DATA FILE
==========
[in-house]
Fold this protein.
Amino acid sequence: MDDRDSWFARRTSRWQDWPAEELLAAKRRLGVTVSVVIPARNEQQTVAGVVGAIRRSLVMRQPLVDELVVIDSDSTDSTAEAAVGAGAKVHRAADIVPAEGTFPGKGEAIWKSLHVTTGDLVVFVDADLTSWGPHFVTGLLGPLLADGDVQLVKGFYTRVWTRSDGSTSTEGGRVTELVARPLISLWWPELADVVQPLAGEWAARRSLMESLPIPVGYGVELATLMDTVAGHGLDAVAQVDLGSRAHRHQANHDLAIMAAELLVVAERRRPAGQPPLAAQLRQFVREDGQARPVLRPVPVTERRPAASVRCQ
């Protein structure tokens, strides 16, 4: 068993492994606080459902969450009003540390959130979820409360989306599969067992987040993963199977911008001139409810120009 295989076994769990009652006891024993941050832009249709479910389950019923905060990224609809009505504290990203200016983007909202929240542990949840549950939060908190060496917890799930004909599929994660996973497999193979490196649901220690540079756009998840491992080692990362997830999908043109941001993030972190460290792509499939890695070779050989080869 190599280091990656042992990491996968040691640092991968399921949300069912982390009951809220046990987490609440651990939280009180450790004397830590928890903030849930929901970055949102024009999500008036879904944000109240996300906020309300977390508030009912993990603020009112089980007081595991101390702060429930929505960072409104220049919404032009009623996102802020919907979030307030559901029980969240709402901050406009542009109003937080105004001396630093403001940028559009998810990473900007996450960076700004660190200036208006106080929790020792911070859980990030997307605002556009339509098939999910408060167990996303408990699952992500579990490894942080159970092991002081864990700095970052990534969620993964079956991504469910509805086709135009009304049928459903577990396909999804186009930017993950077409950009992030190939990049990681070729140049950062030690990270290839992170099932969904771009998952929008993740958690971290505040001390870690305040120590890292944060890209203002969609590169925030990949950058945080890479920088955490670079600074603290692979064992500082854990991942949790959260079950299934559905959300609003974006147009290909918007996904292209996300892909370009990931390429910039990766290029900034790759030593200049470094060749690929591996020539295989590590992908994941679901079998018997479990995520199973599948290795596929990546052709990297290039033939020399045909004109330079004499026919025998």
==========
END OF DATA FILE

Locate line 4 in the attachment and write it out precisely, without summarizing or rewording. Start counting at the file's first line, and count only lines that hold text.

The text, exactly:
């Protein structure tokens, strides 16, 4: 068993492994606080459902969450009003540390959130979820409360989306599969067992987040993963199977911008001139409810120009 295989076994769990009652006891024993941050832009249709479910389950019923905060990224609809009505504290990203200016983007909202929240542990949840549950939060908190060496917890799930004909599929994660996973497999193979490196649901220690540079756009998840491992080692990362997830999908043109941001993030972190460290792509499939890695070779050989080869 190599280091990656042992990491996968040691640092991968399921949300069912982390009951809220046990987490609440651990939280009180450790004397830590928890903030849930929901970055949102024009999500008036879904944000109240996300906020309300977390508030009912993990603020009112089980007081595991101390702060429930929505960072409104220049919404032009009623996102802020919907979030307030559901029980969240709402901050406009542009109003937080105004001396630093403001940028559009998810990473900007996450960076700004660190200036208006106080929790020792911070859980990030997307605002556009339509098939999910408060167990996303408990699952992500579990490894942080159970092991002081864990700095970052990534969620993964079956991504469910509805086709135009009304049928459903577990396909999804186009930017993950077409950009992030190939990049990681070729140049950062030690990270290839992170099932969904771009998952929008993740958690971290505040001390870690305040120590890292944060890209203002969609590169925030990949950058945080890479920088955490670079600074603290692979064992500082854990991942949790959260079950299934559905959300609003974006147009290909918007996904292209996300892909370009990931390429910039990766290029900034790759030593200049470094060749690929591996020539295989590590992908994941679901079998018997479990995520199973599948290795596929990546052709990297290039033939020399045909004109330079004499026919025998």